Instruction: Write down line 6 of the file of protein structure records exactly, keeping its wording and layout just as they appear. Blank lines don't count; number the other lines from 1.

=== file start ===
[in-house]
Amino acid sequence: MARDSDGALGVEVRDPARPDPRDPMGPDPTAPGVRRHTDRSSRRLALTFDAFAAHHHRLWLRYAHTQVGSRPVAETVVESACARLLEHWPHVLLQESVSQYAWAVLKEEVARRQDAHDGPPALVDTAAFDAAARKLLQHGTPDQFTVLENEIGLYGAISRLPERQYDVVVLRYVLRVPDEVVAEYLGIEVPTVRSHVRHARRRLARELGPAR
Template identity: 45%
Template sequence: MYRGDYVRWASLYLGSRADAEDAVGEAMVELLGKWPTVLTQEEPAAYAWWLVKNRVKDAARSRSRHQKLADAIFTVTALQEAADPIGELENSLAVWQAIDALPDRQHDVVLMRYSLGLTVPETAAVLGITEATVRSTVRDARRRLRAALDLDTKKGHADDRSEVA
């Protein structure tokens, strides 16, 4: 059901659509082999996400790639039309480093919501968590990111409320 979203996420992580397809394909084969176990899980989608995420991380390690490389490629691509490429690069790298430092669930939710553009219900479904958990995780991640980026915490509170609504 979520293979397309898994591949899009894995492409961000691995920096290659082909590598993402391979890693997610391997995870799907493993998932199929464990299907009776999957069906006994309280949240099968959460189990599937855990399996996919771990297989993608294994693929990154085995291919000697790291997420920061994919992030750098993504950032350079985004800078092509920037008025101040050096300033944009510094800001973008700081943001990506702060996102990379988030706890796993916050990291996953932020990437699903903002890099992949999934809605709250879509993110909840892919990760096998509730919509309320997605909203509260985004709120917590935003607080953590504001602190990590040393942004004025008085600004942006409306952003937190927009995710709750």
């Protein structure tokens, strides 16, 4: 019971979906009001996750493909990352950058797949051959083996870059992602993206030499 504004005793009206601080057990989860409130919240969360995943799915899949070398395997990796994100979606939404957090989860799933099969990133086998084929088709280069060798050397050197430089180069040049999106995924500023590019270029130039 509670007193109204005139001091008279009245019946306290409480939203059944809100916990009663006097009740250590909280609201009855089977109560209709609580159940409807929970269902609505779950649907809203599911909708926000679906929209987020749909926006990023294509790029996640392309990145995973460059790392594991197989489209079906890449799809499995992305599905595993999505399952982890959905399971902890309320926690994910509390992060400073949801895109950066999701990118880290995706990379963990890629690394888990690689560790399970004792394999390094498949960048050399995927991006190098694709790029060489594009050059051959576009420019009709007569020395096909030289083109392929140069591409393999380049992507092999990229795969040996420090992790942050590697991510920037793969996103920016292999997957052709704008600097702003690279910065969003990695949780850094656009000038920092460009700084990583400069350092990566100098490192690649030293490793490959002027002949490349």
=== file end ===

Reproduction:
């Protein structure tokens, strides 16, 4: 019971979906009001996750493909990352950058797949051959083996870059992602993206030499 504004005793009206601080057990989860409130919240969360995943799915899949070398395997990796994100979606939404957090989860799933099969990133086998084929088709280069060798050397050197430089180069040049999106995924500023590019270029130039 509670007193109204005139001091008279009245019946306290409480939203059944809100916990009663006097009740250590909280609201009855089977109560209709609580159940409807929970269902609505779950649907809203599911909708926000679906929209987020749909926006990023294509790029996640392309990145995973460059790392594991197989489209079906890449799809499995992305599905595993999505399952982890959905399971902890309320926690994910509390992060400073949801895109950066999701990118880290995706990379963990890629690394888990690689560790399970004792394999390094498949960048050399995927991006190098694709790029060489594009050059051959576009420019009709007569020395096909030289083109392929140069591409393999380049992507092999990229795969040996420090992790942050590697991510920037793969996103920016292999997957052709704008600097702003690279910065969003990695949780850094656009000038920092460009700084990583400069350092990566100098490192690649030293490793490959002027002949490349």